A pipeline through the Port of Churchill mentioned as Saskatchewan creates committee on pipeline expansion
WINNIPEG -- The potential development of an oil pipeline to Churchill is up for discussion in Saskatchewan.
That province‘s Premier Scott Moe has put together a committee of cabinet ministers to assess how the government could help get more pipelines built in the province.
He says the idea for the committee came from communities, Indigenous leaders and businesses that want to expand access into the United States or create it through the Port of Churchill in Manitoba.
Moe said encouraging pipeline expansion and supporting Indigenous participation are two of the goals in the government's plan to grow Saskatchewan's population and economy.
NO NEW PIPELINE PROPOSALS
Blaine Pedersen, Manitoba Minister of Agriculture and Resource Development said in an emailed statement to CTV News:
“There are no new pipeline proposals currently at a stage that would require dialogue between our government and Saskatchewan. We are always interested in exploring opportunities for economic development in northern Manitoba, though any proposal of this nature would have to go through the proper environmental approval processes. As well, a full consultation process with all stakeholders, including Indigenous leaders and communities, would be required before any such project would be approved,” he said in the statement.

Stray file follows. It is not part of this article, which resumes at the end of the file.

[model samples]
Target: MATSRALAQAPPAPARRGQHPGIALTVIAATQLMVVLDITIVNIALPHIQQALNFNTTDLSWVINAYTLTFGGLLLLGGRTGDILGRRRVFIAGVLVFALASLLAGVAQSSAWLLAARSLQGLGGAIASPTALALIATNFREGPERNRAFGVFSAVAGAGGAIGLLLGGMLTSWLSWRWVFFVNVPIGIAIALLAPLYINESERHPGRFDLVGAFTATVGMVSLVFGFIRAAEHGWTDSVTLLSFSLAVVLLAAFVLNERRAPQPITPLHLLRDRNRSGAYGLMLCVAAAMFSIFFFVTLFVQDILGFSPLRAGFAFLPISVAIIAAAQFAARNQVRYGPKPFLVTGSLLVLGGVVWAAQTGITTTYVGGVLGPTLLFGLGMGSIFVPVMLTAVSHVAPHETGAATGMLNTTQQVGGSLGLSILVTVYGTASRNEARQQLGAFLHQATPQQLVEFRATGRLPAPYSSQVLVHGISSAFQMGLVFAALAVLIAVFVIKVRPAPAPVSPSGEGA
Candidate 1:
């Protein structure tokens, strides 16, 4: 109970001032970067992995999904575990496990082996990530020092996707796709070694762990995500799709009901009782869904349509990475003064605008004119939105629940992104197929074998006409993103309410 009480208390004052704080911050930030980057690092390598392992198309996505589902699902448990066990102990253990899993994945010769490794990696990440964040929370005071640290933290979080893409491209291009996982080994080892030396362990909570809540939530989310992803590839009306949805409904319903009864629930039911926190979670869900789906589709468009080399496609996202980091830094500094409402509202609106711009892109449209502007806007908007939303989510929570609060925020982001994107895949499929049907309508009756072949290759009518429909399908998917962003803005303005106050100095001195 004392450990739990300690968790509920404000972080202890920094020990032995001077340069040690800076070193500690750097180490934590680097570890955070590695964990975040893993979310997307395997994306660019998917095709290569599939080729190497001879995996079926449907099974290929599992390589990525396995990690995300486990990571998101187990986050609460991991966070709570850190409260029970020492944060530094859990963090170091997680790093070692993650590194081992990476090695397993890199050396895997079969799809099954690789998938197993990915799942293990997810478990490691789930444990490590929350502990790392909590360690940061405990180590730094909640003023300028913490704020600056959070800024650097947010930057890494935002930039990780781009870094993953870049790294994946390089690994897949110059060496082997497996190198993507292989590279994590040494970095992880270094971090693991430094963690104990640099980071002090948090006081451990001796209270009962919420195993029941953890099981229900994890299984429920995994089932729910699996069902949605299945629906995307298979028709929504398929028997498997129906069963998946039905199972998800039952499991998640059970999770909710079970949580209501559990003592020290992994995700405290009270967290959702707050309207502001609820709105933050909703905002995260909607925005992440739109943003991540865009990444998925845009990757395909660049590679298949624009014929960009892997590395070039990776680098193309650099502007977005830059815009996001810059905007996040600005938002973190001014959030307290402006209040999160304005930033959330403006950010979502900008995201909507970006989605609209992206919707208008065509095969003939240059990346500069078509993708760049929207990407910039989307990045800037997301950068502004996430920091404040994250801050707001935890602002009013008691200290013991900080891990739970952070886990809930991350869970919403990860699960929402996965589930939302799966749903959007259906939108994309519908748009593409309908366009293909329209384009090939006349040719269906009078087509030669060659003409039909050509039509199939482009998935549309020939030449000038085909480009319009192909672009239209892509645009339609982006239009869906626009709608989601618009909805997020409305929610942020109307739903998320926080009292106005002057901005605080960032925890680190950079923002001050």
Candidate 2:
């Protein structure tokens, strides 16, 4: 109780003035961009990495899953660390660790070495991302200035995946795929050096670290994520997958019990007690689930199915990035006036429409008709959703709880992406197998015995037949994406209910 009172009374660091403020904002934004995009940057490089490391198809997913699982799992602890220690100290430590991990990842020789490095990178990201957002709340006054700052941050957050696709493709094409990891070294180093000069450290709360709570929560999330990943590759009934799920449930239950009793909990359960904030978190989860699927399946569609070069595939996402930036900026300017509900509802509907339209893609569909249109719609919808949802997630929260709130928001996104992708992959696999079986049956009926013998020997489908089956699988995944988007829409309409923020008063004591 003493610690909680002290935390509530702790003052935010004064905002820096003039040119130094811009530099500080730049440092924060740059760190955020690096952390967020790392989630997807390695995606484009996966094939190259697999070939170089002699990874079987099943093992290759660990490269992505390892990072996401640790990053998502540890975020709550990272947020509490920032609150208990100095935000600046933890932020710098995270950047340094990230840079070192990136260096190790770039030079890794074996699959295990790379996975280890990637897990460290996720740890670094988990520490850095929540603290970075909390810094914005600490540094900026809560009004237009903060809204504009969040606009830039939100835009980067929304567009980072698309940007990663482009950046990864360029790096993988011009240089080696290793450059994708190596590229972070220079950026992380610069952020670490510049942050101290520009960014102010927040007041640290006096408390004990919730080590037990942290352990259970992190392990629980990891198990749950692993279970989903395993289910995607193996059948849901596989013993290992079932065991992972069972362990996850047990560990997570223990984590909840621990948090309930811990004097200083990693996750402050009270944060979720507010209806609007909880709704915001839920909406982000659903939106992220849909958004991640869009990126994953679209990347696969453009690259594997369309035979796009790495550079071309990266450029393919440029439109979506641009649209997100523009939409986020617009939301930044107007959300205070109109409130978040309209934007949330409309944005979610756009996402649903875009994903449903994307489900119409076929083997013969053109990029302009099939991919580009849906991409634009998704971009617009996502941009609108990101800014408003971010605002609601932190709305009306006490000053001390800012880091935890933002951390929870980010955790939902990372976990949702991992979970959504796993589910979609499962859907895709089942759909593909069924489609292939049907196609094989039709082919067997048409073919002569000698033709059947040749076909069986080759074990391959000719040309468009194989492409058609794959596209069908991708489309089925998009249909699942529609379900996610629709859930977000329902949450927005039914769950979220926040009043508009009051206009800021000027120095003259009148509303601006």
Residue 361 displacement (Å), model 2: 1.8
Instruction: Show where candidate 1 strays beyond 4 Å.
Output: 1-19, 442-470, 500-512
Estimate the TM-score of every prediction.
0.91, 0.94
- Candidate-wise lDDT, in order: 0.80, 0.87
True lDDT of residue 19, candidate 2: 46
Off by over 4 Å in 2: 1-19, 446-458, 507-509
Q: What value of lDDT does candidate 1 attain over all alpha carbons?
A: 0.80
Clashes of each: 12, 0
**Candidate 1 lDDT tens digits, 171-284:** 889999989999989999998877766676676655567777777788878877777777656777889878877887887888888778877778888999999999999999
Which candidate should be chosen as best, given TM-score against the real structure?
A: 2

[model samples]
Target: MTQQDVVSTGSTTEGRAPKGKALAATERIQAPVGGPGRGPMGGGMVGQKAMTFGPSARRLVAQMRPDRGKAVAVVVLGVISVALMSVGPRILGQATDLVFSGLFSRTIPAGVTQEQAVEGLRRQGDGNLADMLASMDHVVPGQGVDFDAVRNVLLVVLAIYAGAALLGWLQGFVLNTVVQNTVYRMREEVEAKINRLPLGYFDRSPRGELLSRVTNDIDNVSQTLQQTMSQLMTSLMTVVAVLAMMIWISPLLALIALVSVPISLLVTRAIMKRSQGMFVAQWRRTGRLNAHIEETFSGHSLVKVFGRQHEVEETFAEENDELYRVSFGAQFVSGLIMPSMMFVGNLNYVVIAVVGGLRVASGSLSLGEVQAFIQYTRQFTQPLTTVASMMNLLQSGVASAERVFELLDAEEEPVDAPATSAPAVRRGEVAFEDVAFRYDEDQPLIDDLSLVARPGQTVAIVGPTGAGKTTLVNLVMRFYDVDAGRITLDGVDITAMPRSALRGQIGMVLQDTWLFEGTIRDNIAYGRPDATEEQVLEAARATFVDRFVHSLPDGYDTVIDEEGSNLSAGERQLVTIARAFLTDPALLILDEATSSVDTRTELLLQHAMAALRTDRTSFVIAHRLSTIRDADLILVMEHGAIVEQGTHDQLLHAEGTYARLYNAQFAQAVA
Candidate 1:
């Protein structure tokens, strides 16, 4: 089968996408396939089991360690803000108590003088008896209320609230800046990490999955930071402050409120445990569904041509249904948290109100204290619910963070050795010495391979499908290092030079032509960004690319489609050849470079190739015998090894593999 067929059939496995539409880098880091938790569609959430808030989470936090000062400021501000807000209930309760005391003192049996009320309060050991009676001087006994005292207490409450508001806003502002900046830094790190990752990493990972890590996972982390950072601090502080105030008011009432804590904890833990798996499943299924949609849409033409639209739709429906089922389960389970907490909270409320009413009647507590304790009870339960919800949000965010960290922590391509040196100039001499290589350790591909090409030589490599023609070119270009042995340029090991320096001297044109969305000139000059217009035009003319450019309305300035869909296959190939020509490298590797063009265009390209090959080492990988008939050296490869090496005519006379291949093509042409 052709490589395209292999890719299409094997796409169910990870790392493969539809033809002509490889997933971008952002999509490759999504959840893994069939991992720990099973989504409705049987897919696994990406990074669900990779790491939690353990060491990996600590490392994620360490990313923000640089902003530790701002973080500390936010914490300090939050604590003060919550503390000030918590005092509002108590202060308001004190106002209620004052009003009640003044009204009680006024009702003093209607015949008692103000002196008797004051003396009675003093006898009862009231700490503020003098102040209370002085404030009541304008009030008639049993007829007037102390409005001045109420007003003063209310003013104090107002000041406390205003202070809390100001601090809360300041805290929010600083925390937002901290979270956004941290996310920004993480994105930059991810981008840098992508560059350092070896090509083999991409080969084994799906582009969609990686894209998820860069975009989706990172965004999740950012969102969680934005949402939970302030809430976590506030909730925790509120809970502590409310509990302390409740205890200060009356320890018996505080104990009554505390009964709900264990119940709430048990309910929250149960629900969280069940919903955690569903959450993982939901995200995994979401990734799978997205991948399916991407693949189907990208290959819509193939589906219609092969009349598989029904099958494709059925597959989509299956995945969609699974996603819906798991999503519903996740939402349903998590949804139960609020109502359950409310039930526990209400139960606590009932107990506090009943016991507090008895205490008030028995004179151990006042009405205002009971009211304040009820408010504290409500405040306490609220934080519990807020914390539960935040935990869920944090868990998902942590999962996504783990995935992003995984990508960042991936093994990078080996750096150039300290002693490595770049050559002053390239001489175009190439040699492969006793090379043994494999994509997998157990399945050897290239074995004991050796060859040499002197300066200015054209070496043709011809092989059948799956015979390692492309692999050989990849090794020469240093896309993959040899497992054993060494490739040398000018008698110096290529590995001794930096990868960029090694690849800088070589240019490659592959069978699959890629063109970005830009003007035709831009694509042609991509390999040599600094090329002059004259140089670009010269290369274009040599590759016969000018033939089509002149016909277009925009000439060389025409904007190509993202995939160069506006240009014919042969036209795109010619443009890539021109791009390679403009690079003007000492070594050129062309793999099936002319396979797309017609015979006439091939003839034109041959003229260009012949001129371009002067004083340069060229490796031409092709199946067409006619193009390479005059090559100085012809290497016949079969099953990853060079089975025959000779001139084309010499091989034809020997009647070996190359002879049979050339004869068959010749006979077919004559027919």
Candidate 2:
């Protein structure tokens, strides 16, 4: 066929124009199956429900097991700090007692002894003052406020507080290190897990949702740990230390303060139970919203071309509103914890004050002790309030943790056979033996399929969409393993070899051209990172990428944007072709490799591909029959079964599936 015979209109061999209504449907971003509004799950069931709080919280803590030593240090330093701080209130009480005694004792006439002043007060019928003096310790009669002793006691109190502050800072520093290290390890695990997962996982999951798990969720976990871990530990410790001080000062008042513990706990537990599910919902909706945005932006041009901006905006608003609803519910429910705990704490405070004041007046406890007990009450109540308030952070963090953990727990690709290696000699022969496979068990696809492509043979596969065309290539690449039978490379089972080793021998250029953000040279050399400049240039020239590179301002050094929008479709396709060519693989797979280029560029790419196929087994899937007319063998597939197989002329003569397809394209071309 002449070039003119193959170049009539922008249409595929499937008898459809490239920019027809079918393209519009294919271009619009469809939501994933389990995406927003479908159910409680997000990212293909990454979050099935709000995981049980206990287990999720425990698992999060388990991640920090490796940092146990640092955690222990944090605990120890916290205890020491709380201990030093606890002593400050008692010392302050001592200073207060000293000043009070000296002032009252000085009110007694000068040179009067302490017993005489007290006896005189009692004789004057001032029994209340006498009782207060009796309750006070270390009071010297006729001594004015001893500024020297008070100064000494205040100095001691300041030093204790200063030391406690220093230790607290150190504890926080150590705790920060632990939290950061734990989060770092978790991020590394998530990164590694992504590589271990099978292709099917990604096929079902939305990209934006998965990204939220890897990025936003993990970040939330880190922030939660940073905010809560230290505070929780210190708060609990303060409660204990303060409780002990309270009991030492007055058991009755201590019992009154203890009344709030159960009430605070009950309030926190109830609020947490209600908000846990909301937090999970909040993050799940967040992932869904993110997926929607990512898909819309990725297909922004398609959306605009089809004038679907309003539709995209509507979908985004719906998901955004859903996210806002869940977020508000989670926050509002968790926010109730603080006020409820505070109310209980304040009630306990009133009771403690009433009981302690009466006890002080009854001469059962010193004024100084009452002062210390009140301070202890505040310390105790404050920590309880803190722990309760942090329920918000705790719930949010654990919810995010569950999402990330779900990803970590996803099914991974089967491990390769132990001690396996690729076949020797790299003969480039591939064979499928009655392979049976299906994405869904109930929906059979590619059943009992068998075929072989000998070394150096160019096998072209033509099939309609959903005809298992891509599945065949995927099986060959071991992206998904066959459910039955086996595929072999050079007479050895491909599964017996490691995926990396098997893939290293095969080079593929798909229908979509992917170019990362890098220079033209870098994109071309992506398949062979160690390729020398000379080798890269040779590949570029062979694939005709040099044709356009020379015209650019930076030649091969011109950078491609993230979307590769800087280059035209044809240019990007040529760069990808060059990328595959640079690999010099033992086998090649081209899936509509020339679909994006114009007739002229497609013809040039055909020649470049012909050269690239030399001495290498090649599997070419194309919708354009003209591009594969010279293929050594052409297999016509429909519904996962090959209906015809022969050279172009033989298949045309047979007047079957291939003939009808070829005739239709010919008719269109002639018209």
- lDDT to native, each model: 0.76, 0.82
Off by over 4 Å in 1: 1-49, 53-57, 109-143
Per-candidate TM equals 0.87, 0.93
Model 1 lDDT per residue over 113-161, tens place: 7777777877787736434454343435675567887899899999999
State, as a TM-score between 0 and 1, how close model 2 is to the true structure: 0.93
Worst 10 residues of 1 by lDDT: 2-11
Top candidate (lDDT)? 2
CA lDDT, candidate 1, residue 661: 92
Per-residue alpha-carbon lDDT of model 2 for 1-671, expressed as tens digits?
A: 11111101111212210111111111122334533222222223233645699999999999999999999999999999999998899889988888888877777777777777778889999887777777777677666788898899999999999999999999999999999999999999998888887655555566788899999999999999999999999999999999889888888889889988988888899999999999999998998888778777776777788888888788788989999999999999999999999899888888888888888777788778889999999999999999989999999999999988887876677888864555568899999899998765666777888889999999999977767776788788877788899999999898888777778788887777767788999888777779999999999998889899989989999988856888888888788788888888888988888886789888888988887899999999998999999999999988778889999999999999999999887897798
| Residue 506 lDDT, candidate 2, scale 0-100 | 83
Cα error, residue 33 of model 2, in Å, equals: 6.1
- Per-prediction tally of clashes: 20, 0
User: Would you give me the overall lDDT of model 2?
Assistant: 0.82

The idea is being opposed by Eric Reder, Manitoba director for the Wilderness Committee. He said boggy terrain in the region means greater risk of a rupture or spill.
AMC WANTS INVOLVEMENT IN DISCUSSIONS
The Assembly of Manitoba Chiefs said if discussions do start between the two provinces, it hopes there would be meaningful engagement with First Nations and Manitoba.
“The AMC calls on Saskatchewan Premier Scott and Manitoba Premier Brian Pallister to ensure that First Nations in Manitoba are involved in the discussions for the development of an oil pipeline to Churchill. First Nations in Manitoba must be involved, consulted and engaged in the process in a manner that respects their rights and interests. This includes considerations of First Nations’ interests in other infrastructure including the railway, and, if developed, their involvement that leads to positive economic benefits and prosperity,” said Grand Chief Arlen Dumas in a statement.
- With files from the Canadian Press.